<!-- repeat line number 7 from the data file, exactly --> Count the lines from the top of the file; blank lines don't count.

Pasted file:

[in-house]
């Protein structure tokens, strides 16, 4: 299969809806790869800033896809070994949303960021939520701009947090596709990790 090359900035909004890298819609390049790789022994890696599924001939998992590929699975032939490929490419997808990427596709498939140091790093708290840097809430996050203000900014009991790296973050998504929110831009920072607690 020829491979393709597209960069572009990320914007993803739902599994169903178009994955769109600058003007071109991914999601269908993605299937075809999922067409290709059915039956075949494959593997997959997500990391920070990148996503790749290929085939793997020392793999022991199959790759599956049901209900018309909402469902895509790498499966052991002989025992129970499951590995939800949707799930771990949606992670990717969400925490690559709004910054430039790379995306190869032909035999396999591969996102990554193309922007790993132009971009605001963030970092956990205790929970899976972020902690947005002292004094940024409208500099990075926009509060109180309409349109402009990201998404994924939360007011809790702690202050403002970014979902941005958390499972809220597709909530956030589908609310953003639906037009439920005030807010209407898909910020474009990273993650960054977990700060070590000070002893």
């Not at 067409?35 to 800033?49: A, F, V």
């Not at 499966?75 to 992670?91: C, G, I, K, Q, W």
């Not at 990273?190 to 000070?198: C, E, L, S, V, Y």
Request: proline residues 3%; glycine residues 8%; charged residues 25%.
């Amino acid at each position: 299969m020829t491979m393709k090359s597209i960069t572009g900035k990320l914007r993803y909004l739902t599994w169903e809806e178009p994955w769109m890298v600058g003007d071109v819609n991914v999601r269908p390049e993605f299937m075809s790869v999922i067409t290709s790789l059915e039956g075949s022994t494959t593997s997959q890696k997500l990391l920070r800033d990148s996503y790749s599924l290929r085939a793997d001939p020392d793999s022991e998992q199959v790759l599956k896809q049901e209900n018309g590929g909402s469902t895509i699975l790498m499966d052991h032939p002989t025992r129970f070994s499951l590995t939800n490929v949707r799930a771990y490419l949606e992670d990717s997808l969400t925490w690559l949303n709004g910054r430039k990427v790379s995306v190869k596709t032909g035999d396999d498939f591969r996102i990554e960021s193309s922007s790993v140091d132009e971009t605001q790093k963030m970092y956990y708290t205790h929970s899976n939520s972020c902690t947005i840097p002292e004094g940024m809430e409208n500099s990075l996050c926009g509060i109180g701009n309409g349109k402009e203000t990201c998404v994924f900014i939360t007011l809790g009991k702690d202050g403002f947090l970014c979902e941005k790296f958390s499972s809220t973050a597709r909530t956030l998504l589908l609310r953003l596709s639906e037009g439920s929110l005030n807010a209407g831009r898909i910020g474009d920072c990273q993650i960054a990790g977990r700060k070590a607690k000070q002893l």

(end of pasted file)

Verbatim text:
């Amino acid at each position: 299969m020829t491979m393709k090359s597209i960069t572009g900035k990320l914007r993803y909004l739902t599994w169903e809806e178009p994955w769109m890298v600058g003007d071109v819609n991914v999601r269908p390049e993605f299937m075809s790869v999922i067409t290709s790789l059915e039956g075949s022994t494959t593997s997959q890696k997500l990391l920070r800033d990148s996503y790749s599924l290929r085939a793997d001939p020392d793999s022991e998992q199959v790759l599956k896809q049901e209900n018309g590929g909402s469902t895509i699975l790498m499966d052991h032939p002989t025992r129970f070994s499951l590995t939800n490929v949707r799930a771990y490419l949606e992670d990717s997808l969400t925490w690559l949303n709004g910054r430039k990427v790379s995306v190869k596709t032909g035999d396999d498939f591969r996102i990554e960021s193309s922007s790993v140091d132009e971009t605001q790093k963030m970092y956990y708290t205790h929970s899976n939520s972020c902690t947005i840097p002292e004094g940024m809430e409208n500099s990075l996050c926009g509060i109180g701009n309409g349109k402009e203000t990201c998404v994924f900014i939360t007011l809790g009991k702690d202050g403002f947090l970014c979902e941005k790296f958390s499972s809220t973050a597709r909530t956030l998504l589908l609310r953003l596709s639906e037009g439920s929110l005030n807010a209407g831009r898909i910020g474009d920072c990273q993650i960054a990790g977990r700060k070590a607690k000070q002893l």